3.8 Database Maintenance.............................................................................................. 51

  • 8/2/2019 Bell GettingStarted

    4/94

    The SimplI Q for Steppers Gett ing Start ed & Tuning and Comm issioning GuideMAN-BELGS (Ver. 1.1) 4

    Chapter 4:Advanced Control Tuning.....................................................................................52

    4.1 Star t Step Contro l ...................................................................................................... 52

    4.2 Identifica tion ............................................................................................................. 52

    4.2.1 Identificat ion and Uncertain ty ............................................................................................ 53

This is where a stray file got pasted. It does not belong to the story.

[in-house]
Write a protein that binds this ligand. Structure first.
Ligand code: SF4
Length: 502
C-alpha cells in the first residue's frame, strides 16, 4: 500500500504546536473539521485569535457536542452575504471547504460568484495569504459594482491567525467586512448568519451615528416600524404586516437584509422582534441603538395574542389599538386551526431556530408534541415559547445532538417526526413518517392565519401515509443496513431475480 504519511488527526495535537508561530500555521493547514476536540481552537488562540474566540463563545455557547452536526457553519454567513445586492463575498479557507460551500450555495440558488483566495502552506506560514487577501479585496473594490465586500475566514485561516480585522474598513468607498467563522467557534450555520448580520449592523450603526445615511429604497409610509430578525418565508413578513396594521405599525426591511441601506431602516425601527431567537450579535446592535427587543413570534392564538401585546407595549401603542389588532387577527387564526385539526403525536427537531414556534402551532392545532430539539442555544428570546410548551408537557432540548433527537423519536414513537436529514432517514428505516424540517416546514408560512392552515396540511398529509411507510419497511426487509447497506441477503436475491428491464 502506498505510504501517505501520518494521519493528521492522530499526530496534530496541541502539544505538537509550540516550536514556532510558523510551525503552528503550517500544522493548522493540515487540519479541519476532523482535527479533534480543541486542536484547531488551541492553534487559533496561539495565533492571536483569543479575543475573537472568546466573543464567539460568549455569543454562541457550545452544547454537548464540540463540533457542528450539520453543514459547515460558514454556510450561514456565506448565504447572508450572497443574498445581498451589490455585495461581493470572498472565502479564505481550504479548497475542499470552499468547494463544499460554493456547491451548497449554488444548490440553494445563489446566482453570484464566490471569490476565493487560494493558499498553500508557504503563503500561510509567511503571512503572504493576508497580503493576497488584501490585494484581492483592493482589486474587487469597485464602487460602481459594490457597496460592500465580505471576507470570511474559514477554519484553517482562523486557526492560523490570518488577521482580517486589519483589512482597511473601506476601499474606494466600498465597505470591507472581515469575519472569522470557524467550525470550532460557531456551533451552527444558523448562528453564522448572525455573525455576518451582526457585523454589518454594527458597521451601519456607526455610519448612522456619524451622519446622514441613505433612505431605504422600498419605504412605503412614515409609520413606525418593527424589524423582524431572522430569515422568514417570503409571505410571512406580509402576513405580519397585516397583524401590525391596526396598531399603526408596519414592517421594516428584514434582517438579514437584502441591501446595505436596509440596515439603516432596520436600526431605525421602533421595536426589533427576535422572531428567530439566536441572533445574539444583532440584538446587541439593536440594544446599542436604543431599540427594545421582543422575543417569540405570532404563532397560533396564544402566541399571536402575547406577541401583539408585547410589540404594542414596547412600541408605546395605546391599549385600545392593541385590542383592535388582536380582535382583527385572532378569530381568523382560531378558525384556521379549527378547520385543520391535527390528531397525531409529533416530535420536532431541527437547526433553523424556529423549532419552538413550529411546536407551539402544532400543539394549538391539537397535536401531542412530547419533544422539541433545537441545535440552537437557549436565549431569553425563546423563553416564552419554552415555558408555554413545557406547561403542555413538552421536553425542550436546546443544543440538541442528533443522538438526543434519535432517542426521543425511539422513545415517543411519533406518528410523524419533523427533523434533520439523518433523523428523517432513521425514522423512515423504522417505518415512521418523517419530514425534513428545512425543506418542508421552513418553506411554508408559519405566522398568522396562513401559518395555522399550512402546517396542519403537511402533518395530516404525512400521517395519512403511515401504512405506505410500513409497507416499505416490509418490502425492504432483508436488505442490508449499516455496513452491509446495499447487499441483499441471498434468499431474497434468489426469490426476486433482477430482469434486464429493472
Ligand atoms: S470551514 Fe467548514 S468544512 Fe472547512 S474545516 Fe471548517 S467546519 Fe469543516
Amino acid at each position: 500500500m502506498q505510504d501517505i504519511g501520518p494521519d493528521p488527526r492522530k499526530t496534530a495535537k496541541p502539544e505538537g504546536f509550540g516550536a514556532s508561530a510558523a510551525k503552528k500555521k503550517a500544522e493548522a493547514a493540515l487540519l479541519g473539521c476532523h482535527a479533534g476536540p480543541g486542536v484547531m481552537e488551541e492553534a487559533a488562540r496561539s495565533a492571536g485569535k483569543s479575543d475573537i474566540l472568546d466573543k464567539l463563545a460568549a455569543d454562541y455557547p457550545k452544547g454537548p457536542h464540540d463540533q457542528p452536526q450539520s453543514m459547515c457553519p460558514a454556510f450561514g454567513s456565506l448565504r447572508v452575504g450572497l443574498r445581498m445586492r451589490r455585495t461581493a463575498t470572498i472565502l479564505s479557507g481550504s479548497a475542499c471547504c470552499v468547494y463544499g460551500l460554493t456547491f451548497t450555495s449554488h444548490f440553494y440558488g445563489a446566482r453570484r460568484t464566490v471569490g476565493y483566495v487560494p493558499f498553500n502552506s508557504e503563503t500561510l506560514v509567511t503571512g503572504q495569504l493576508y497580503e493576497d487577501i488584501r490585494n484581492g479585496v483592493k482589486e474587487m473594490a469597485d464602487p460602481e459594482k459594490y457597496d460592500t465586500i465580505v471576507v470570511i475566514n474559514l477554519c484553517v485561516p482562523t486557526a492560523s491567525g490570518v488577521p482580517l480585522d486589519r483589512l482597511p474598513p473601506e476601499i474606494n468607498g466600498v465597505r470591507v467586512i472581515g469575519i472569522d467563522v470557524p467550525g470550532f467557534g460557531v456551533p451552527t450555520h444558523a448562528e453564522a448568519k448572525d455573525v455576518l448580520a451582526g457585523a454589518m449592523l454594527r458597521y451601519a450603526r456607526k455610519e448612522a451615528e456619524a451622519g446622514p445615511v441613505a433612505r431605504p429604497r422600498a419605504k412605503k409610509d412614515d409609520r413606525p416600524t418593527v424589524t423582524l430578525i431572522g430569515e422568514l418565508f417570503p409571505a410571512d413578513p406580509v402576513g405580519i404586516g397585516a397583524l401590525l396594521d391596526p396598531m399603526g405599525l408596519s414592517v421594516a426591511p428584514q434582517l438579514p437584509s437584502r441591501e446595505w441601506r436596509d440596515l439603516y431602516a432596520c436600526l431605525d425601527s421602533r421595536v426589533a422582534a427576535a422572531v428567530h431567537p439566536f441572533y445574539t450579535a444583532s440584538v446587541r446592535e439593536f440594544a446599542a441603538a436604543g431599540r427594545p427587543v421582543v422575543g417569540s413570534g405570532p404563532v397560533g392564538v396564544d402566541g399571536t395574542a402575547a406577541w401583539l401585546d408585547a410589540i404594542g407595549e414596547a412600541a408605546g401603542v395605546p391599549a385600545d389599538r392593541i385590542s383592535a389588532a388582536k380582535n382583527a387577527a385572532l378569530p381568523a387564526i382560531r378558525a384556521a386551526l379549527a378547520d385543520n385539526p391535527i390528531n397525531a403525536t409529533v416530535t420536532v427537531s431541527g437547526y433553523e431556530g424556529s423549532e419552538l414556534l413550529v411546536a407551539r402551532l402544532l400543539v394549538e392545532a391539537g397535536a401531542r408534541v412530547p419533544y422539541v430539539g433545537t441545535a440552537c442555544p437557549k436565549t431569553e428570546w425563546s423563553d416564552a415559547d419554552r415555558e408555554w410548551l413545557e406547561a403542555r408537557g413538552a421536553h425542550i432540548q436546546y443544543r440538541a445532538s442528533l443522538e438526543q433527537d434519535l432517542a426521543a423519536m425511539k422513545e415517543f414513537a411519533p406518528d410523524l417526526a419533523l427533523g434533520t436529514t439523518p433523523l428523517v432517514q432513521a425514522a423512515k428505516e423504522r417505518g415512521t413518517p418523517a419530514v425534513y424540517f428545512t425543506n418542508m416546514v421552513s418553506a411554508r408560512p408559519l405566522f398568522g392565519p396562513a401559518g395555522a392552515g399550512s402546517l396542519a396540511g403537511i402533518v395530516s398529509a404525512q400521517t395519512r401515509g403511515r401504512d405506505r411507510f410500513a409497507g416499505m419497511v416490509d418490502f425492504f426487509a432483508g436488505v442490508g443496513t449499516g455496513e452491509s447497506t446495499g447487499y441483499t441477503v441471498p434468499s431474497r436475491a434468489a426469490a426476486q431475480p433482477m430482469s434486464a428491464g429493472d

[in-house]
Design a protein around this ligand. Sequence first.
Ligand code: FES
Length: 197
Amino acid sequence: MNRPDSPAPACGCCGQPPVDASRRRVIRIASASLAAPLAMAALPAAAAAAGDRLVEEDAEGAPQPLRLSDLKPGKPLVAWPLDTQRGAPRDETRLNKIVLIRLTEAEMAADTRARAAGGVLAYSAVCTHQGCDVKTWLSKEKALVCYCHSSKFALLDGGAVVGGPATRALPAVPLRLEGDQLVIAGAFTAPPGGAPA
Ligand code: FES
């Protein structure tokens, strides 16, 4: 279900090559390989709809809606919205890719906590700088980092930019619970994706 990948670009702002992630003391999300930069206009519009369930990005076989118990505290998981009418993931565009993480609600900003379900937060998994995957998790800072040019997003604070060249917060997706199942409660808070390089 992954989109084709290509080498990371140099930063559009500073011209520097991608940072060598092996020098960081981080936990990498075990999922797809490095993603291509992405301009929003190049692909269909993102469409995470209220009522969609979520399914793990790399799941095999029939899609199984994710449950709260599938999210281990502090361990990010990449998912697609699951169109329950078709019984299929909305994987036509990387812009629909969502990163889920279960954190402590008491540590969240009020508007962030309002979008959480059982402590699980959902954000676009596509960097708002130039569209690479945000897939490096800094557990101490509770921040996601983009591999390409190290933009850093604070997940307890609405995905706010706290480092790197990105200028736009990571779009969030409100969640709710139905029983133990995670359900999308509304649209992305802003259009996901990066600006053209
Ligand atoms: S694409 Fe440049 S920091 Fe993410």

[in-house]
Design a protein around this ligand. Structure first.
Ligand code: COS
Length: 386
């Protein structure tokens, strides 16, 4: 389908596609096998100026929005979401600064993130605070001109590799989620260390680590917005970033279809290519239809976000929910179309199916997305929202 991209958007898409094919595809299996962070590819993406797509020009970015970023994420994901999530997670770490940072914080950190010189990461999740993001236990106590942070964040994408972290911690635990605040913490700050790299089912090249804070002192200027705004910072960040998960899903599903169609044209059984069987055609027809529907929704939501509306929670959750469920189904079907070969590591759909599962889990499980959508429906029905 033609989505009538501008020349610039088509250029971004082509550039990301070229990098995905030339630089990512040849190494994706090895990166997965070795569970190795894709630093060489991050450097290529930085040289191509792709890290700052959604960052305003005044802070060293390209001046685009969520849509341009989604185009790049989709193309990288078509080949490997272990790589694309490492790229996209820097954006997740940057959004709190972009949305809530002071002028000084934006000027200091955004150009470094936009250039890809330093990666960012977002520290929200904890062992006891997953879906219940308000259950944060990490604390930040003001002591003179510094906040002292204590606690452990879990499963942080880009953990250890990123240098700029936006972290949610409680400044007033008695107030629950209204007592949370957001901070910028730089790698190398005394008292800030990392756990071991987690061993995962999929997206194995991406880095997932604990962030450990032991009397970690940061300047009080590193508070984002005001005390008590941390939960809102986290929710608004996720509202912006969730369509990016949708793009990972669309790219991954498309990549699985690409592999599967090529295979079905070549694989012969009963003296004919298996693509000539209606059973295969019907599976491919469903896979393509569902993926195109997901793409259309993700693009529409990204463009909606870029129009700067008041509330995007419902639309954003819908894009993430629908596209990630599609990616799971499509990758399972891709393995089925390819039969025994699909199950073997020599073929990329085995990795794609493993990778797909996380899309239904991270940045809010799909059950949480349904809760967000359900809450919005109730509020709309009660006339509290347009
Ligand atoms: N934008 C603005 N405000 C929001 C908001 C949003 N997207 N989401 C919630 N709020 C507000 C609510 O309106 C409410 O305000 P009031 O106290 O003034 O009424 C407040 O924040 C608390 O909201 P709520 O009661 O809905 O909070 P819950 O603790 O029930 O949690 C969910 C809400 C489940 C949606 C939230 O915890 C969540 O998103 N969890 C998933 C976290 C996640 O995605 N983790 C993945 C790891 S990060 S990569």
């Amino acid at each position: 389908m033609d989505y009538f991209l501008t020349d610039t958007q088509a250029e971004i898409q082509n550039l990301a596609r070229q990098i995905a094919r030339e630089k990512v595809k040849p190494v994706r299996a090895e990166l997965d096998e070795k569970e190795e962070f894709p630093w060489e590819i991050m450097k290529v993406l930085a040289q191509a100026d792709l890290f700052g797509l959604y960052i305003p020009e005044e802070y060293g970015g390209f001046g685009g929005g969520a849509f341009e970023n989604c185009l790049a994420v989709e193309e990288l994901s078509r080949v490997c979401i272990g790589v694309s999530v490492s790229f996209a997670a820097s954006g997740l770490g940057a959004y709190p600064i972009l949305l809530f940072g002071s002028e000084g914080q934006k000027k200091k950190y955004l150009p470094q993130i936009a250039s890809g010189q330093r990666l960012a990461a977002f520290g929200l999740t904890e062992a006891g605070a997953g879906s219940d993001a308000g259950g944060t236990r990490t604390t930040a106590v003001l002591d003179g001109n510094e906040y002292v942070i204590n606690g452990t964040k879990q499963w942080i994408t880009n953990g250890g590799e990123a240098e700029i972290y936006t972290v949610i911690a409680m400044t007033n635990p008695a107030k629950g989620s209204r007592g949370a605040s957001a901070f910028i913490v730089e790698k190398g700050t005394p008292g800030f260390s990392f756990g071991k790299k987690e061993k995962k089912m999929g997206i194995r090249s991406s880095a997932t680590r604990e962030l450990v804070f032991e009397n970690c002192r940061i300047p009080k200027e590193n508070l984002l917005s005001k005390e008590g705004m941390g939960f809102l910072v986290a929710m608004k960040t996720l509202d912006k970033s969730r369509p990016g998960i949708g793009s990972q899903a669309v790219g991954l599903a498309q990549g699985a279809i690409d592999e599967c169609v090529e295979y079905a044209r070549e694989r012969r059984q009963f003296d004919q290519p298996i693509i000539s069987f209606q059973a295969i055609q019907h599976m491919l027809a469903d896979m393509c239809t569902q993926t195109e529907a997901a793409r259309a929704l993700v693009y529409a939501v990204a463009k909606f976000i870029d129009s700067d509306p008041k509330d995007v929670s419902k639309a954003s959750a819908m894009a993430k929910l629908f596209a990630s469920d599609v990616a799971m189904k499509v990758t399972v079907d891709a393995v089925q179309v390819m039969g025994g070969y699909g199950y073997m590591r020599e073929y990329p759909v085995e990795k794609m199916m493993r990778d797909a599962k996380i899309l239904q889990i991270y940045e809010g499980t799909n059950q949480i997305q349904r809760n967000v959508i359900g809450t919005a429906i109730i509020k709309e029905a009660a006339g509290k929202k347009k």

4.2.2 Identificat ion Resu lts Managem ent .................................................................................... 534.2.3 Identificat ion Wor k Poin t..................................................................................................... 54

    4.2.4 Selecting the Identificat ion Frequencies............................................................................. 55

    Append ix A: Man ua l Tu n ing of Sp eed and Posit ion Con trol ....................................60

    A.1 Scope...........................................................................................................................60

    A.2 Safety ..........................................................................................................................60

    A.3 Make it Simple........................................................................................................... 61

    A.4 Keep Margins ............................................................................................................62